The old man answered the phone.

“Is this Herschel?” I asked him.

I heard a loud TV playing in the background. A dog was barking.

“This is Herschel. Who’s this?”

I recited my name, rank, and credentials, each of which are so unimpressive they qualify as a punchline. But when I told the old man I was a writer working on a story for Jackie Robinson Day, which is today, it was enough to get him talking.

And talk he did.

“Jackie Robinson Day?” he began with a laugh. “Shoot, man. Didn’t know there was such a thing. Sure, I’ll tell you about Jackie Robinson.”

Herschel was just a kid when he first saw Jack Roosevelt Robinson play. He was living in Chicago. One afternoon, Herschel’s parents took him to Wrigley Field to see the Cubs square off against the Brooklyn Dodgers in a matchup that drew 47,000 people in attendance.

His whole family was excited to see the famed Number 42. And by “excited,” I mean Herschel’s father bought everyone new dressy outfits for the occasion.

I asked whether Herschel’s father was a big Jackie Robinson fan. The old man’s answer was an emphatic, “Shoot, man.”

Which apparently means “yes.”

“Everyone in my whole neighborhood was a Jackie fan,” the old timer went on. “Our preacher even announced the game on Sunday. Whole church showed up to the park just to cheer him on.”

Herschel’s family walked several miles to the ballpark to save the price of a streetcar fare. When they arrived, Herschel’s six-foot-five father was drenched in perspiration, sweating through his hatband, there were blisters on his feet, and he looked like he’d just discovered teeth.

“My dad felt the same way about baseball as Abe Lincoln felt about education.”

The throng waiting at Wrigley’s entrance was downright biblical. They stood in line for hours and paid a small fortune to get past the baffle gate. Herschel’s father told his sons he did not have money for peanuts or Cokes.

“We couldn’t even afford to smell the hotdogs.”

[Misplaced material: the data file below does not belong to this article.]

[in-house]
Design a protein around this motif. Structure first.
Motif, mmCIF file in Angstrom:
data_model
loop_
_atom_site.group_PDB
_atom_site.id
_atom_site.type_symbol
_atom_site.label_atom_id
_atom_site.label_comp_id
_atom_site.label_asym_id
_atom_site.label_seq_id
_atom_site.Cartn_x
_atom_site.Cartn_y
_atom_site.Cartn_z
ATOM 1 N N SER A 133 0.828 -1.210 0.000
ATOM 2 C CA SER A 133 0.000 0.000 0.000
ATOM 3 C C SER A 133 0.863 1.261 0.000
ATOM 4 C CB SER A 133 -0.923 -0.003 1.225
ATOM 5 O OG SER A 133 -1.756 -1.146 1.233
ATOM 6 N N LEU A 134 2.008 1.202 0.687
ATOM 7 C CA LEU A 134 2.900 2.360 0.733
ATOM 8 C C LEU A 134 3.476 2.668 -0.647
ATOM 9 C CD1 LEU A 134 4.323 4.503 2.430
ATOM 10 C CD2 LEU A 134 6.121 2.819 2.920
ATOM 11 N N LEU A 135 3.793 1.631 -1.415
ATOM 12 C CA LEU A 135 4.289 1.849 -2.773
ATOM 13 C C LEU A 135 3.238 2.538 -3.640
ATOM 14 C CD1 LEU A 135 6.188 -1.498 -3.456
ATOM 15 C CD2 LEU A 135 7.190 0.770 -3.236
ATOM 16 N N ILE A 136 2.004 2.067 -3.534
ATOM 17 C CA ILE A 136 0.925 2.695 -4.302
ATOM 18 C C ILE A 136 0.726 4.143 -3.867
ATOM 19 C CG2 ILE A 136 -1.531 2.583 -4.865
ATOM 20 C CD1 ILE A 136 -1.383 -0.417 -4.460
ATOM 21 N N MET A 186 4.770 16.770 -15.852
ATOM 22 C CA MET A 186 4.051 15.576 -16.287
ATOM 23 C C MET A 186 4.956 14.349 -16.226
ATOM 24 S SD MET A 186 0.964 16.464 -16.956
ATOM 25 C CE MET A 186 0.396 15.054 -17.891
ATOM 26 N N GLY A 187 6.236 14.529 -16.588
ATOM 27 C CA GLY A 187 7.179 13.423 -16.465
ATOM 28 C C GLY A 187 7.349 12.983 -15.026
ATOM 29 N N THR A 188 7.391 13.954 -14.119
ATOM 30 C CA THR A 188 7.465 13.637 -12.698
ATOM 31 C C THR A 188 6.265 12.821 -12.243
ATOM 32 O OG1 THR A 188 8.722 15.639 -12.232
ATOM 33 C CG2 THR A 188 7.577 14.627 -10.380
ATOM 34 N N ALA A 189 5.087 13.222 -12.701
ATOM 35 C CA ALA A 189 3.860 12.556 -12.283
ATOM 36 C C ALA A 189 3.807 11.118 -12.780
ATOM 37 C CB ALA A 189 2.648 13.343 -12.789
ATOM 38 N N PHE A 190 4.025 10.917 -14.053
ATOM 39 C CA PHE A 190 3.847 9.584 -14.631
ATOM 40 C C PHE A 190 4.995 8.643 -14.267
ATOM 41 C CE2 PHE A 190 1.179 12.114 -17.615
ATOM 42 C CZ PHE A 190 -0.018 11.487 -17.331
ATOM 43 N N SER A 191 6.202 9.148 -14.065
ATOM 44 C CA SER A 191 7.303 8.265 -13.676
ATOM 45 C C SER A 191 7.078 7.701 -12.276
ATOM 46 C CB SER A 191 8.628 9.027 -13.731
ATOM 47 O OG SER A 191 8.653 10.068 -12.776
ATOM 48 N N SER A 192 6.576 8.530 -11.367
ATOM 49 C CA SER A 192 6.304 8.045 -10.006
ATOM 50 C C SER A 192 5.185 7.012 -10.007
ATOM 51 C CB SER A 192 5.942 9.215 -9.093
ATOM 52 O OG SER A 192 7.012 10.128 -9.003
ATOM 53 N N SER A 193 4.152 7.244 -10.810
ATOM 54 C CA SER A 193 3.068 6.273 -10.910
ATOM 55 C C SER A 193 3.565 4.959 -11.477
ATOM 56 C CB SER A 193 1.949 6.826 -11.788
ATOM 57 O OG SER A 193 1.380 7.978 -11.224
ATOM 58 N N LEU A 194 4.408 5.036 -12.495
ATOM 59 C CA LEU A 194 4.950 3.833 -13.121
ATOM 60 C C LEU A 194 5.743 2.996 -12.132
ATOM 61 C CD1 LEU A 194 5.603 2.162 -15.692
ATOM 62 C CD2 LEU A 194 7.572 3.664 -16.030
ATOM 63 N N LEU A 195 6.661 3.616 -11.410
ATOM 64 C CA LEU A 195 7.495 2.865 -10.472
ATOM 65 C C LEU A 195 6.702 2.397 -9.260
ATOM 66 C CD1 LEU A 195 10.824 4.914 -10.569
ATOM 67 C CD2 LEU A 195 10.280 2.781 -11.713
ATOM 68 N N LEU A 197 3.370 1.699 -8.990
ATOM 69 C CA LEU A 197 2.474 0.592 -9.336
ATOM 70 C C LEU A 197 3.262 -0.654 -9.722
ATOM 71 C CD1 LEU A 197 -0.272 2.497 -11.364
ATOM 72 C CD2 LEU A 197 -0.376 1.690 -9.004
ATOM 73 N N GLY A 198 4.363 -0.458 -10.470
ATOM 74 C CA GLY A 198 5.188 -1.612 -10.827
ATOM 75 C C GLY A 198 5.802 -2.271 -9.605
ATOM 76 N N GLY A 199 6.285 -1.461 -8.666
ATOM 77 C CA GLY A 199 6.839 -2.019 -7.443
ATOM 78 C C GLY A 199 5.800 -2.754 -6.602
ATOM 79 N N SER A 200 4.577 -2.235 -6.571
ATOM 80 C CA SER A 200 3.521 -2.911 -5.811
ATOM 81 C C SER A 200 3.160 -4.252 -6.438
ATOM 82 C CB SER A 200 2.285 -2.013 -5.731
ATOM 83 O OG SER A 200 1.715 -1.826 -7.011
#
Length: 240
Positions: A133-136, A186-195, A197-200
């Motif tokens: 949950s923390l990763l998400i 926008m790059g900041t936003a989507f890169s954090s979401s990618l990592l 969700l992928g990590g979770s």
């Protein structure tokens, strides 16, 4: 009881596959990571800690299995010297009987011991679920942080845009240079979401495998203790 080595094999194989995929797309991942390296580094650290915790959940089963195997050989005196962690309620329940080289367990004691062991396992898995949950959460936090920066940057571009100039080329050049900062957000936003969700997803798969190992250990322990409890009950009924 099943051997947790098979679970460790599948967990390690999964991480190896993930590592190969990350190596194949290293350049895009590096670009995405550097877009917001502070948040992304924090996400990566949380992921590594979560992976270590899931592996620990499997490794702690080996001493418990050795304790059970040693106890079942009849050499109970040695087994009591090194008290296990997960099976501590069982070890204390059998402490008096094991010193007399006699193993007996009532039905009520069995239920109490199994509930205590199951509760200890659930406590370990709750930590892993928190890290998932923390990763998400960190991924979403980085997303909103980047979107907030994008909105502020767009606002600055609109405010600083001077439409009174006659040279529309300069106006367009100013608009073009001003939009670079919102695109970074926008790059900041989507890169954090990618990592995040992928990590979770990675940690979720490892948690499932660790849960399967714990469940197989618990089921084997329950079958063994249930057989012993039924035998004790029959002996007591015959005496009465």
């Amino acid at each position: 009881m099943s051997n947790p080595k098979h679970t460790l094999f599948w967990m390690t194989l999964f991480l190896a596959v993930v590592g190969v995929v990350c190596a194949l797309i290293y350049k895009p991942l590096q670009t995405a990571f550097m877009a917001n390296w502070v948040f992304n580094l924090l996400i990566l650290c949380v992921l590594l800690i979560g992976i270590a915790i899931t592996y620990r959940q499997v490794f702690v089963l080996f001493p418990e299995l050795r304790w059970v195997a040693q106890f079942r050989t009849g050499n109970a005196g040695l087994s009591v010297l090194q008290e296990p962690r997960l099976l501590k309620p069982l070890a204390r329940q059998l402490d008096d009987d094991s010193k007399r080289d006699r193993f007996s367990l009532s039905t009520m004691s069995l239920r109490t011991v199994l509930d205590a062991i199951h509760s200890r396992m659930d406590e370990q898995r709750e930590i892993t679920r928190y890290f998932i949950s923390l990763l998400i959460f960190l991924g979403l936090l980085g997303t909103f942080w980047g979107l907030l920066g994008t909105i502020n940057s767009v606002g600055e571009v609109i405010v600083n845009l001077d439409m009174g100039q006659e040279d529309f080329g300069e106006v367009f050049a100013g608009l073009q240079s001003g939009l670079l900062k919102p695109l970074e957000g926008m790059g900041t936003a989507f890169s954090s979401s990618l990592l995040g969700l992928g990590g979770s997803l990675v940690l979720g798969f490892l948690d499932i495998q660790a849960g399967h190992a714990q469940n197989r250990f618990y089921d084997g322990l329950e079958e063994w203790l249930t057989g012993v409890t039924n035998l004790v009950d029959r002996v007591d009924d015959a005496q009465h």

The family took their seats in the nosebleeds. They saw their hero take the field with the other players. His father screamed and waved his hat when he saw Jackie.

Jackie Robinson. Born in Cairo, Georgia, in 1919, raised in Pasadena, California. Jackie was 28 when he broke the color barrier in Major League Baseball 75 years ago today. To us youngsters, he’s just a name. But to men from Herschel’s neighborhood, Robinson wasn’t merely a baseball player. He was baseball.

That afternoon, each time Robinson was at bat, Herschel’s entire family would cheer until their throats went raw. Even his mother cheered.

Whenever Jackie swung his stick, even if he hit a foul ball, Herschel’s father would scream until he reached a cheerfully boyish crescendo.

“Shoot, man. My dad was happier than he’d ever been.”

The game, however, wasn’t all that good, as games go. Namely, because a few fans sitting near Herschel’s family were behaving in an unsportsmanlike manner. Many of Jackie’s critics were shouting nasty phrases to the ball player. Other naysayers threw debris and litter onto the outfield. Even the ballplayers in the dugout were spewing racial abuse toward Jackie.

But Jackie’s diligent admirers were undaunted, they waited all afternoon to see Robinson’s magic. Inning after inning, they waited. The game lulled on, but Jackie still hadn’t connected with the ball. It was getting late, and our hero had been swinging at nothing but Illinois humidity all day.

For Jackie’s last at-bat, his fans erupted before he ever even stepped into the batter’s box. They were hoping for the impossible.

The first person in the crowd to give Jackie a standing ovation—Herschel swears—was his father. His father, the large man, with shoulders “wider than two cars parked together,” shot to his feet and cheered himself silly.

The next person to stand was a young man in the row behind them. The young man clapped so hard he almost broke his wrist. After that, more stood. Then, an entire nosebleed section rose. Followed by three quarters of the stadium. Soon, it seemed as though everyone in Cook County was applauding and cheering loud enough to shatter concrete.

Jackie hit a foul.

The ball was golfed into the stands. Some lucky kid caught it.

The crowd was unfazed.

Jackie swung again.

Another foul.

“HEEEE-RIKE!!” said the ump.

The windup. The pitch. Jackie swung. Strike three.

Game over.

Herschel doesn’t mince words. He says the game was a major disappointment. But he also says that you’ve never seen that many people cheer for a strikeout.

“On the way home, my dad was crying. I asked him, ‘Dad, are you crying cause we lost?’ He looked at me and said, ‘No, son. Just the opposite.’”